• A key Pentagon AI initiative is on the move. The National Geospatial-Intelligence Agency is preparing to take over Project Maven. The program has been run out of the Office of the Secretary of Defense since 2017. The effort has focused on developing artificial intelligence and machine learning software to analyze images and videos taken by unmanned aerial vehicles and satellites. NGA Deputy Director for Data and Digital Innovation Mark Munsell said NGA is the right place for the AI initiative. “It made a lot of sense to take what they’ve learned, and take the infrastructure that they’ve built, and the experience they’ve learned from the companies and find a genuine home for it, if you will, right with the agency.” (Federal News Network)
  • The National Reconnaissance Office is moving forward with its commercial outreach efforts. This summer, the NRO will ask for proposals from satellite companies that track radio-frequency data. The agency will release the solicitation through the “Commercial Strategic Enhancements” Broad Agency Announcement. The BAA process allows the NRO to more quickly award study contracts to commercial firms. The agency has already used that process to award contracts to five commercial satellite radar companies.
  • A high-ranking Air Force general is being punished for abusive sexual contact. Air Force Maj. Gen. William Cooley is convicted of forcibly kissing a civilian woman after being court martialed. Cooley is the first general in Air Force history to be brought up on charges. Cooley will forfeit give months of pay nearing $55,000. The incident happened between the general and his sister-in-law after a cookout in New Mexico. Cooley faced a maximum of dismissal from office, seven years of confinement and forfeiture of all pay and allowances. He is currently the special assistant for digital transformation at Air Force Materiel Command.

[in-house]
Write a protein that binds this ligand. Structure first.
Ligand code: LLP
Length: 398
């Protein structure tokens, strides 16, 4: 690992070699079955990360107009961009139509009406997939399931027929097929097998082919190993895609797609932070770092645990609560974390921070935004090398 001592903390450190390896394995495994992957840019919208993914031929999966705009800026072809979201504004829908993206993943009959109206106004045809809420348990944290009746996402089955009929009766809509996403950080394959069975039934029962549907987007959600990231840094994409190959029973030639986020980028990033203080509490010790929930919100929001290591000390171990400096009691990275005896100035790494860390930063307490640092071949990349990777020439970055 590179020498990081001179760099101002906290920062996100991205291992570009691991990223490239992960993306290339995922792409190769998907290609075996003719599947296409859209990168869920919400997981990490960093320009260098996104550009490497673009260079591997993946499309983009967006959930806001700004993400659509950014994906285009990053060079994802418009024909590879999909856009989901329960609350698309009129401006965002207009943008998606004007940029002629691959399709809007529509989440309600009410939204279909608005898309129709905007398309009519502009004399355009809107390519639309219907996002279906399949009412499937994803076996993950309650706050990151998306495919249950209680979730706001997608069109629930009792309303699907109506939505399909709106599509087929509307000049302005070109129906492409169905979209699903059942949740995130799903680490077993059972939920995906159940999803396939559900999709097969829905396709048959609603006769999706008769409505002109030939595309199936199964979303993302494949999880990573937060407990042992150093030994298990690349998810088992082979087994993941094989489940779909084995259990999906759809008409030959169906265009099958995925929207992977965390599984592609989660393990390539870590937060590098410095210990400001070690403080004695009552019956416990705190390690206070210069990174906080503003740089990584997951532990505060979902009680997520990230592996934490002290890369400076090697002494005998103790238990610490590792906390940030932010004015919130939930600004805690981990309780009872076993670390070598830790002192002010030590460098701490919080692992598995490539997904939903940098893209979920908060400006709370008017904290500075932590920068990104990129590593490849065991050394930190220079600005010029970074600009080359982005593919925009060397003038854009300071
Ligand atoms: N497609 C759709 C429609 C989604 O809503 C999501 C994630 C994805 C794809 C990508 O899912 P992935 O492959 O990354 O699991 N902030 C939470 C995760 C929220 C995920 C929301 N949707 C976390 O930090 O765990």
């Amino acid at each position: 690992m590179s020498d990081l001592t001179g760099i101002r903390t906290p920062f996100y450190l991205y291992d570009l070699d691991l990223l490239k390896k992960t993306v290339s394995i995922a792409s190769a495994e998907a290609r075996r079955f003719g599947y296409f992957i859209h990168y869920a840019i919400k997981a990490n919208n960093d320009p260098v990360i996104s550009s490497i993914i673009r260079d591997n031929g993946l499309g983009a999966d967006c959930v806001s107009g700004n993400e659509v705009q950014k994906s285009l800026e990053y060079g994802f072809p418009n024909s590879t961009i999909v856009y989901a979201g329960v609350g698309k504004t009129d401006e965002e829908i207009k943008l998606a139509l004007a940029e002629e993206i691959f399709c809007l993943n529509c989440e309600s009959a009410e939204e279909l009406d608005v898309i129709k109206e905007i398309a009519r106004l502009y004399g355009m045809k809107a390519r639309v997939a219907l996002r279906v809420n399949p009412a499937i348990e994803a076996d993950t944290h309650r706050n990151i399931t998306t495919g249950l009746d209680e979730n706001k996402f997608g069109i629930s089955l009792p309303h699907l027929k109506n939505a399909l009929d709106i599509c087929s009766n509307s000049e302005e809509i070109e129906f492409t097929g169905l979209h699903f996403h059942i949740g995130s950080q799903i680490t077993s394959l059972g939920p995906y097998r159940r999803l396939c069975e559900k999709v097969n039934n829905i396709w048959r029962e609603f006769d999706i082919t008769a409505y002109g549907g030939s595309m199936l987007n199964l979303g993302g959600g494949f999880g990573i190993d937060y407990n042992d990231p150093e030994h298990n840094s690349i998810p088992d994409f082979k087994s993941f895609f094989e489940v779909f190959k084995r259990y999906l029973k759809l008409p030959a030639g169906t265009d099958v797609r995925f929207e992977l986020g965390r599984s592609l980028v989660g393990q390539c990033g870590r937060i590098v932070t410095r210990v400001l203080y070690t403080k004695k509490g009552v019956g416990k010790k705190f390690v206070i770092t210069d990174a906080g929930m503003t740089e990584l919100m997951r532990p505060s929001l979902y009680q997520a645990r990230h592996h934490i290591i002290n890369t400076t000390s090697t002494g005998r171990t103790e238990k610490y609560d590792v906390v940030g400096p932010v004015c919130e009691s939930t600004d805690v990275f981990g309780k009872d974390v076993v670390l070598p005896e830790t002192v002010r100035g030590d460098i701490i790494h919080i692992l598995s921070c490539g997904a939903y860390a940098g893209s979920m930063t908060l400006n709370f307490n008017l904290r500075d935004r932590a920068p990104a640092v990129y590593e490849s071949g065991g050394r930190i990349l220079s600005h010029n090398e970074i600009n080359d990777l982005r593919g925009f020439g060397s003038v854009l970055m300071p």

• House lawmakers are telling the Department of Veterans Affairs to pause the rollout of its new Electronic Health Record. VA officials tell lawmakers that the VA medical center in Walla Walla Washington experienced EHR outages Monday and Tuesday this week. In light of these and other recent outages, Patrick Sargent, senior vice president and general manager for Cerner Government Services, says company is considering a technical review of the EHR to ensure the system is stable and reliable for future rollouts. “We have made a determination that we need to do likely an independent look at our system.” Top members of the House VA subcommittee on technology modernization says the agency should put future go-lives on until these issues are resolved. (Federal News Network)